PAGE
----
Are you the victim of identity theft? You’re not alone. According to Experian, credit card fraud is one of the most common forms of identity theft. In 2017 alone over 133,000 reports were filed, an increase of 23% over the year before, and the rates are only expected to go up. Your credit score reflects your overall habits when it comes to credit card use. If someone gets a hold of your information with malicious intent, the impact on your credit can be devastating and the recovery can be slow.
If a credit card is compromised, a criminal will run up expenses in the blink of an eye. When a criminal has information on your identity, such as your Social Security number, they can easily open a new account in your name and run up credit card or medical debt. Maxing out cards, failing to make payments, and applying for new credit can drop your credit score significantly.
Identity theft impacts your credit score on several levels, all of which are fundamental to how it is calculated:
How Identity Theft Affects Credit Score
1. Payment History
Making on-time payments is the most significant factor, and accounts for 35% of your credit score. Missing a payment by more than 30 days can cause a 100-point drop. An identity thief that uses your credit is most likely not going to pay the bills. However, you’re not responsible for paying back fraudulent charges. But even if you report credit card fraud immediately, it can take weeks to have these charges removed, all the while missed payments show up on your credit report and your credit score takes a hit.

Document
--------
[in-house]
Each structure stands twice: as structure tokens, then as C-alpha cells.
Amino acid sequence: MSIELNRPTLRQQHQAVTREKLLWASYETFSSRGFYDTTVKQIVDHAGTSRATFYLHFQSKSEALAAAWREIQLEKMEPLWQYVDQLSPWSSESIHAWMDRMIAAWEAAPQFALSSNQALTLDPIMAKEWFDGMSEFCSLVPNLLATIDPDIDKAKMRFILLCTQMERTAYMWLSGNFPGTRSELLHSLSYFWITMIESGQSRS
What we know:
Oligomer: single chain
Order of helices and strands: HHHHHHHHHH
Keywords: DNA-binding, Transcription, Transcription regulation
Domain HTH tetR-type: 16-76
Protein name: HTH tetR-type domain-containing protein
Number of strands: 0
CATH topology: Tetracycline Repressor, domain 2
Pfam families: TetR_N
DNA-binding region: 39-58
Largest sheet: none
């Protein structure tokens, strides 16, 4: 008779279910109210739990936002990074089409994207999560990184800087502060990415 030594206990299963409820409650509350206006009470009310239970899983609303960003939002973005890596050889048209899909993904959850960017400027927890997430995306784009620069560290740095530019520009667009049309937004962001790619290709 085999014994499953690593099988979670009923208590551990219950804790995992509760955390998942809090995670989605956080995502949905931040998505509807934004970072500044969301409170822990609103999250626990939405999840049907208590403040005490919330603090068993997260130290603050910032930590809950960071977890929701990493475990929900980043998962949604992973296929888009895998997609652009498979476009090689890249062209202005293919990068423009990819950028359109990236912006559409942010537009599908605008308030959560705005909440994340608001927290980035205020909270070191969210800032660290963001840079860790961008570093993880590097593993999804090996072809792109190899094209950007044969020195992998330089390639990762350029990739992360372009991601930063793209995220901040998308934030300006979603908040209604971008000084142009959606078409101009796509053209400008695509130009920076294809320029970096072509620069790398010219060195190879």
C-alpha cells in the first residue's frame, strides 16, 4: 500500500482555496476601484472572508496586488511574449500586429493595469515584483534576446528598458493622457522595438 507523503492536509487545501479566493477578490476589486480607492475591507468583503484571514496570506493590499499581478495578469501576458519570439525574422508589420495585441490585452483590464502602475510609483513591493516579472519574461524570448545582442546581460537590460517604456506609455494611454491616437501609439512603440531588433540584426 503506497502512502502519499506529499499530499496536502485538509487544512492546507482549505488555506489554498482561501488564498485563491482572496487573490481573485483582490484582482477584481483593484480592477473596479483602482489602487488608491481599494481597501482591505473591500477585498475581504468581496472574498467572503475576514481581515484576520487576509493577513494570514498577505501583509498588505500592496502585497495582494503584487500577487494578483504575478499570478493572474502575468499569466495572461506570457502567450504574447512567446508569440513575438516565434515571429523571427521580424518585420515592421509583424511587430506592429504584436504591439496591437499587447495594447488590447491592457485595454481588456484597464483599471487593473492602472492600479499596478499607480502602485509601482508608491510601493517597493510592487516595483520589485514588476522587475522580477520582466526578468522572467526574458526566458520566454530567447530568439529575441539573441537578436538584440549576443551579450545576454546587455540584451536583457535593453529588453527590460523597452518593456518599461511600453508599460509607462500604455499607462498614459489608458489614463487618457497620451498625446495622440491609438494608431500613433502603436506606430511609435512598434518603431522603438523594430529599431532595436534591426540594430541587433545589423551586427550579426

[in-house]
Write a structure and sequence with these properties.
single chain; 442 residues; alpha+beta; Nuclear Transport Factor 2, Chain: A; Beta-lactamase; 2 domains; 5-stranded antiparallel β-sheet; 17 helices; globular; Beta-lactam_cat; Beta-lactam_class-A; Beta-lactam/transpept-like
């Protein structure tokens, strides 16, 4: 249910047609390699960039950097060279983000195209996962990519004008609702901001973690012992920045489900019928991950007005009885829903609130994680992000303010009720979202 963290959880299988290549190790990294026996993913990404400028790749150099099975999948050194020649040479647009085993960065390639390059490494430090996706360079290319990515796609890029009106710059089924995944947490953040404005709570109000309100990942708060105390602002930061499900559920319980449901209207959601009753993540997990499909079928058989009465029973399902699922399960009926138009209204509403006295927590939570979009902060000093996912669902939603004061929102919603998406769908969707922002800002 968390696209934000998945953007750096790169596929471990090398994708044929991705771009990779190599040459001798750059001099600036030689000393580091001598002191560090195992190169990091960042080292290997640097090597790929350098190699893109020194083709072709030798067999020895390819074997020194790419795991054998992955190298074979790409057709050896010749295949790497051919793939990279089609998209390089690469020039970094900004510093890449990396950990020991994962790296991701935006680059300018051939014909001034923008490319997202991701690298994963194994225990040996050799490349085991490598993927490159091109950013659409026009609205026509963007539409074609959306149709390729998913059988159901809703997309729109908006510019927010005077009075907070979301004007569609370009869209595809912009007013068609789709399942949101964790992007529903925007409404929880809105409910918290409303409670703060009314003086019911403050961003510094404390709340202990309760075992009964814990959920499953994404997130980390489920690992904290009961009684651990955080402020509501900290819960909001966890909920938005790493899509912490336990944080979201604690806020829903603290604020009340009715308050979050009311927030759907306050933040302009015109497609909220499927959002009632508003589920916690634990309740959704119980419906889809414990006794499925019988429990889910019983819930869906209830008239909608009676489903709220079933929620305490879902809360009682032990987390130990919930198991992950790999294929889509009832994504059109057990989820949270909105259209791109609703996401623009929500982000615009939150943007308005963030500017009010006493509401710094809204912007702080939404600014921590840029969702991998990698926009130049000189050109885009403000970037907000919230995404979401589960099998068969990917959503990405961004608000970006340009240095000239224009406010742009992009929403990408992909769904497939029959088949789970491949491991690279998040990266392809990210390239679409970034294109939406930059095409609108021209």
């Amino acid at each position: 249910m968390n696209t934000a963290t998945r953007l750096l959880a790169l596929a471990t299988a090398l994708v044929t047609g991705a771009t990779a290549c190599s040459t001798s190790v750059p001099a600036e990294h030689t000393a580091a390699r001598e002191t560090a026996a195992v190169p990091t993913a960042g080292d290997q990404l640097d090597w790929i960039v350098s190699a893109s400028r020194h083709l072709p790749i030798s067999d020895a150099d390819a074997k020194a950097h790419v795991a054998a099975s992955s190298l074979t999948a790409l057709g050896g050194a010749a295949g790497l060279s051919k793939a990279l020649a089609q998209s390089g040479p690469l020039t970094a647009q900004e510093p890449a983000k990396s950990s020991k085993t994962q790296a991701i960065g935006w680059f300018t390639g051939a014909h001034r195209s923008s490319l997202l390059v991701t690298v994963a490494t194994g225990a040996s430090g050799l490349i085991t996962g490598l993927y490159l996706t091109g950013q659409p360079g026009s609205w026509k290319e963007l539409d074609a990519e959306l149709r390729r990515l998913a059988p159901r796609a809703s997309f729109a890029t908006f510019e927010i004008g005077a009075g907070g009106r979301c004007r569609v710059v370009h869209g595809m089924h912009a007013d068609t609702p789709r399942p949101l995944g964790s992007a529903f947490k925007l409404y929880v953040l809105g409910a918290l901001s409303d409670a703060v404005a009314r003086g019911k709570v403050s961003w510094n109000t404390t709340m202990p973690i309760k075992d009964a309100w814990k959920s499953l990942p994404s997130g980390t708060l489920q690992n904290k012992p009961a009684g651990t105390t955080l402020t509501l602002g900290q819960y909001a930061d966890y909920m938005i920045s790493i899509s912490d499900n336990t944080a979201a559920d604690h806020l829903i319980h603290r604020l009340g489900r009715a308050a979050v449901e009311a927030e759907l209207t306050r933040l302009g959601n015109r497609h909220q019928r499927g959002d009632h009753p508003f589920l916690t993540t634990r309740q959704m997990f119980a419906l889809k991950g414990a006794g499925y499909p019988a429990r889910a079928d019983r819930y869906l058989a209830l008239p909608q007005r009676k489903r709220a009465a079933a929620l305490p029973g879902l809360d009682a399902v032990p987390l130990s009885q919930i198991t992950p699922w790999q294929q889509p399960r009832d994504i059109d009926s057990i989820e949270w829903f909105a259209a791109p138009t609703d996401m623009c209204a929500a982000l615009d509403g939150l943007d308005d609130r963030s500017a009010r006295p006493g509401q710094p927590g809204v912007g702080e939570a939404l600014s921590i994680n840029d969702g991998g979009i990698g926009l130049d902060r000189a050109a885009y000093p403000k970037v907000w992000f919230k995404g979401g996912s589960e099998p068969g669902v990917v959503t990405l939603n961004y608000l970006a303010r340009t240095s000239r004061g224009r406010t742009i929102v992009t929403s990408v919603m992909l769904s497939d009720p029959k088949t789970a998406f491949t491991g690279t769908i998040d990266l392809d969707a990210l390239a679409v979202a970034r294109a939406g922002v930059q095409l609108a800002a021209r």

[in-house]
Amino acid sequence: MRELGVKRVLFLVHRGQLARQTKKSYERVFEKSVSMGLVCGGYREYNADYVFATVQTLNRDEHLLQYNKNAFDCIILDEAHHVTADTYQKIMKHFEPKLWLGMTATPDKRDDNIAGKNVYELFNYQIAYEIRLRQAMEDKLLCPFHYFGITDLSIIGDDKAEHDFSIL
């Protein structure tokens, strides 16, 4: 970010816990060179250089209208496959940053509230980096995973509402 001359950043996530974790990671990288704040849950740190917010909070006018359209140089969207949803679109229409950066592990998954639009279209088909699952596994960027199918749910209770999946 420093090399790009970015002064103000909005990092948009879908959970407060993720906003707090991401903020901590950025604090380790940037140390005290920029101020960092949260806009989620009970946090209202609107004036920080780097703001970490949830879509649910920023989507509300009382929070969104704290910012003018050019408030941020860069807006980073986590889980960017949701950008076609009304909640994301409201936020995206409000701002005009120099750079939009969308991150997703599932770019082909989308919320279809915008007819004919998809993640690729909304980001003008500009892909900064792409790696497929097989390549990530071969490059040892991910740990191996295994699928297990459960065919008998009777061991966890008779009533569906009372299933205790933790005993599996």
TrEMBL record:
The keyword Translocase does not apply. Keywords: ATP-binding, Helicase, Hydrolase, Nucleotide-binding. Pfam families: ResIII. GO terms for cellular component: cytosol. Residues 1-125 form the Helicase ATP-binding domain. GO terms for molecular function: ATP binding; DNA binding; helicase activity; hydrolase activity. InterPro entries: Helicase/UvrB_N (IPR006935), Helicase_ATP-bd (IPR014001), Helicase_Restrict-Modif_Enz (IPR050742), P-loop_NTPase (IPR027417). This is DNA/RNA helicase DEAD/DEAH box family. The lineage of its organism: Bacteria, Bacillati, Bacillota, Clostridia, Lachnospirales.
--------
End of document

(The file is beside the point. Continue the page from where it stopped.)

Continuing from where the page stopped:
2. Credit Utilization
The amount of debt you have accounts for 30% of your credit score. Credit utilization factors what you’ve paid on an account, the original balance, and the total amount of debt you have. Although it’s ideal to keep your utilization below 30%— you don’t have control when a thief has your credit card number. Typically, an identity thief will run up balances as fast as they can, before they are caught. This increases utilization quickly, but this is resolved once the fraudulent charges are removed.
3. Length of Credit History
About 15% of your credit score has to do with the age of your credit. It factors in your oldest account and average age of accounts. Credit scores go up the longer your credit history is. Identity theft can result in having multiple accounts opened at a time. This shortens the average age of your credit accounts, resulting in a negative impact. Your credit score will recover over time once any fraudulent accounts are closed.
4. Credit Inquiries
The number of hard inquiries impacts 10% of your credit score. There shouldn’t be more than one or two on your credit report at a time. But if many are reported at once, your credit score can drop. Hard credit inquires have a lingering effect for 12 months and stay on your credit report for 24 months. Identity thieves rarely stop at opening just one credit card. But even after the fraudulent accounts have been removed, hard inquiries will still be there until you dispute them directly with the credit bureaus.
Another factor in your credit score, credit mix, is usually not affected by identity theft. A good mix of credit consists of revolving credit card accounts and installment loans. It has a positive impact on your credit score, but accounts for only 10% of it.
Have You Had Your Identity Stolen? Contact American Credit
Missed payments, delinquencies, and identity theft can hurt your credit. If you have negative information on your credit report that’s hurting your credit score, American Credit provides an effective credit repair solution. As an alternative to the dispute letter process, we employ a pre-litigation process to achieve a higher success rate. Don’t wait. Contact us at 855-816-8819 for a free credit consultation and get on track to improving your credit.